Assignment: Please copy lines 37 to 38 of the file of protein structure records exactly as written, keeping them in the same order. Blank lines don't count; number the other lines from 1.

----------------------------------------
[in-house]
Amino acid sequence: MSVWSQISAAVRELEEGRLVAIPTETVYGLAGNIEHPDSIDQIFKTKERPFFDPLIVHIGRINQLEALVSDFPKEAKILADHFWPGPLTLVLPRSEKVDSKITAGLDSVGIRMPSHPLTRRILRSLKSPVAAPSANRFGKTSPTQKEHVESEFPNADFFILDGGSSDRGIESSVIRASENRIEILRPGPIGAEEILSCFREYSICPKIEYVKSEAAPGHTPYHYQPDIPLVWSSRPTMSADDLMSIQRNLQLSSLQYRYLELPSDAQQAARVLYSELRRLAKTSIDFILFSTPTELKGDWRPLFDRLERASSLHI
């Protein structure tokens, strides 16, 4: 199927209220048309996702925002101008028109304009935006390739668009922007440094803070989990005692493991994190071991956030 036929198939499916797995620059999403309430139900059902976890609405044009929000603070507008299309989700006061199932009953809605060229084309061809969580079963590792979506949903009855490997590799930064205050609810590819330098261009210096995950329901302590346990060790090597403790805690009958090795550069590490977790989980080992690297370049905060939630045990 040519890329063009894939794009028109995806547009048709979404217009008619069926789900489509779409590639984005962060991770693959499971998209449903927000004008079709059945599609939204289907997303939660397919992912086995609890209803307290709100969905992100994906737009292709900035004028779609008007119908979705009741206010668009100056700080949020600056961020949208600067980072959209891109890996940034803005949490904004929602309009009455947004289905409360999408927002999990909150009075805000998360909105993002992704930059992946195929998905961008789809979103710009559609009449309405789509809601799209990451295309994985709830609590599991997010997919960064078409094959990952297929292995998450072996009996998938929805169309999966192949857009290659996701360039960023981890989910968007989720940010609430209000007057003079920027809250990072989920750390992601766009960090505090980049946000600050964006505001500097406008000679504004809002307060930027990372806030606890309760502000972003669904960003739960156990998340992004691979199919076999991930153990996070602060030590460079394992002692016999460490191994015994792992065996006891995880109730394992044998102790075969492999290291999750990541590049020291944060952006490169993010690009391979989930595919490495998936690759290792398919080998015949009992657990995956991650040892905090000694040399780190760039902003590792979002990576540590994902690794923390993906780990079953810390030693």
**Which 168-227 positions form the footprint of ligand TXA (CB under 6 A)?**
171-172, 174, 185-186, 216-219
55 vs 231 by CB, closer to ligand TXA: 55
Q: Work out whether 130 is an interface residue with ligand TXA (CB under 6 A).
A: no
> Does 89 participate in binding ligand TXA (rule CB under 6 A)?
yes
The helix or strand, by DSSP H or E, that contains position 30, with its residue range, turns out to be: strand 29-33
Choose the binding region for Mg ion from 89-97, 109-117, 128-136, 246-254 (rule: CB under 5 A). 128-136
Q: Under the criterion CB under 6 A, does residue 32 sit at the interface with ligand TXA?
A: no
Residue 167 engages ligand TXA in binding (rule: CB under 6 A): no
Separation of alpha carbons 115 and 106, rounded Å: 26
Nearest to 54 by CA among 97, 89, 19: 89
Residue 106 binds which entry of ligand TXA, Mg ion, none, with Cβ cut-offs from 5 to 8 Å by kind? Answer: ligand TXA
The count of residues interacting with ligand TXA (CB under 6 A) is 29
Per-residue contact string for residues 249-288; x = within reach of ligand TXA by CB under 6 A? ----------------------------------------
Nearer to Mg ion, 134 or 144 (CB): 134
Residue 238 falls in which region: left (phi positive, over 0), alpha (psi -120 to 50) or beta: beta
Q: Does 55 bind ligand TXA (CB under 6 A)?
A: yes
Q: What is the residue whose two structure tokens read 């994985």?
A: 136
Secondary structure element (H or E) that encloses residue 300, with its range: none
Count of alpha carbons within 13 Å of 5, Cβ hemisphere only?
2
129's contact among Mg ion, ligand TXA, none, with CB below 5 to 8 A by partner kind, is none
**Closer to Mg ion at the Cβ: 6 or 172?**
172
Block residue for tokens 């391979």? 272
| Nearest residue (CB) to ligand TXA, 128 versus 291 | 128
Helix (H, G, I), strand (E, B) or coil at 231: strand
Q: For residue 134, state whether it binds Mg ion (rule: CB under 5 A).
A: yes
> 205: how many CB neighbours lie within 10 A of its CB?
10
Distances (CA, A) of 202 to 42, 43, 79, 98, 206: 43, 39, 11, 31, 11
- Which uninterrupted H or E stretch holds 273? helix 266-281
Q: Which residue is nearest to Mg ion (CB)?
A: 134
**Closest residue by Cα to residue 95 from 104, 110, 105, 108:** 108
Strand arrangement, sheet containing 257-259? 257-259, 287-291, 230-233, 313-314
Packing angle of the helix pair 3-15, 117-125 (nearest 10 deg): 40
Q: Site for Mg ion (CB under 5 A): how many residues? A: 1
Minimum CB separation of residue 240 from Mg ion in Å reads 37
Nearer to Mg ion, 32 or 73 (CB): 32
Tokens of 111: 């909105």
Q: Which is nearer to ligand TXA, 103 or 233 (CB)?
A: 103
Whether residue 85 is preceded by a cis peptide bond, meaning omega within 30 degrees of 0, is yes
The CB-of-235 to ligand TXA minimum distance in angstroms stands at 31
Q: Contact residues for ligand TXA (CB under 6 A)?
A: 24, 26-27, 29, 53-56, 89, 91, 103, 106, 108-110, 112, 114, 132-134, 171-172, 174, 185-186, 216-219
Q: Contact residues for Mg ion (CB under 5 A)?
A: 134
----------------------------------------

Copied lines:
A: yes
> 205: how many CB neighbours lie within 10 A of its CB?